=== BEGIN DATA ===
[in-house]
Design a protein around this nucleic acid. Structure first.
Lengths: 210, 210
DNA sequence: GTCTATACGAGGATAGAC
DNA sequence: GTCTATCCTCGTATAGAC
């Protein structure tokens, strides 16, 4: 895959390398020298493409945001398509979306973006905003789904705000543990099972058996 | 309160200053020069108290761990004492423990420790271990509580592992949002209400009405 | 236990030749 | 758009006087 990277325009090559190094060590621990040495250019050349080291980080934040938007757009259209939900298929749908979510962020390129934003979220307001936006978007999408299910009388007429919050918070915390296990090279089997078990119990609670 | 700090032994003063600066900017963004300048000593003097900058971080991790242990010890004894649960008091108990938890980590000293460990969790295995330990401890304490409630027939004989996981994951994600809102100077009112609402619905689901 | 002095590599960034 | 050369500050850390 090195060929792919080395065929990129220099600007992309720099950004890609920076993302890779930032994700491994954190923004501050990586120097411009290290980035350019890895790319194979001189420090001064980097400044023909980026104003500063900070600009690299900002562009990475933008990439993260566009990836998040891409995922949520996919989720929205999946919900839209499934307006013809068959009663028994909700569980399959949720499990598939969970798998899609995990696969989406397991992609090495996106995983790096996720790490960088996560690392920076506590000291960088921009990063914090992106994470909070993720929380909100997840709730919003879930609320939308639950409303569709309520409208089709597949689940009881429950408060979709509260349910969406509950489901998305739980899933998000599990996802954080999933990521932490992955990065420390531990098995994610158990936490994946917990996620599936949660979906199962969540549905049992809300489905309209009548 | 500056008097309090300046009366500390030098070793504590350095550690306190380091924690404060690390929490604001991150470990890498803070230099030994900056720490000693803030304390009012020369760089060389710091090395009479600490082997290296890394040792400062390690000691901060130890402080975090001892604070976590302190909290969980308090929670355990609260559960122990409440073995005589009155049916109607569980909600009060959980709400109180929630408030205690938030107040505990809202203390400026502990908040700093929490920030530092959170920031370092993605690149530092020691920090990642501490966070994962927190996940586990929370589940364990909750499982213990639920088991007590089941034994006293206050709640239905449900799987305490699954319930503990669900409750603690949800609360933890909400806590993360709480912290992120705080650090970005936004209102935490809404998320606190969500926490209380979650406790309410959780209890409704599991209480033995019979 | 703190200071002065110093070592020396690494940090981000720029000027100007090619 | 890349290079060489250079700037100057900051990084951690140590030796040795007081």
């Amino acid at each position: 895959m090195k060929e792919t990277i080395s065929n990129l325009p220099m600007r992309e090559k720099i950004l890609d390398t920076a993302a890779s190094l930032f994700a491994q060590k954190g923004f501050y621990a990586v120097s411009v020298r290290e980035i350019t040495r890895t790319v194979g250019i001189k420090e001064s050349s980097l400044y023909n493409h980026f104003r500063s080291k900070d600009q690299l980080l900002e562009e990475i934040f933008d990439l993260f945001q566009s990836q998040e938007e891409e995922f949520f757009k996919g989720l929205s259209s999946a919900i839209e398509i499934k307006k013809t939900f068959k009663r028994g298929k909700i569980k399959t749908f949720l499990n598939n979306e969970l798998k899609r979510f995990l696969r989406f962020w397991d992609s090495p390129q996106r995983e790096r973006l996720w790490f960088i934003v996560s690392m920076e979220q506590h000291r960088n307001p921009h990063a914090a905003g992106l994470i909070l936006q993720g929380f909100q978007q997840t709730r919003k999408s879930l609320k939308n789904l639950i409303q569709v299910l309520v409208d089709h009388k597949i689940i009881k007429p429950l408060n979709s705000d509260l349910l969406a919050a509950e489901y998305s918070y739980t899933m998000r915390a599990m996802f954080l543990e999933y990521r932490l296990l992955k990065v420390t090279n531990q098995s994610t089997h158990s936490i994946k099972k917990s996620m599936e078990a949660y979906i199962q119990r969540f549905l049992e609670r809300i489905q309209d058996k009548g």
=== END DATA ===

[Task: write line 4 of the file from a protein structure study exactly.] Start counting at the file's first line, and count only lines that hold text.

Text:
DNA sequence: GTCTATACGAGGATAGAC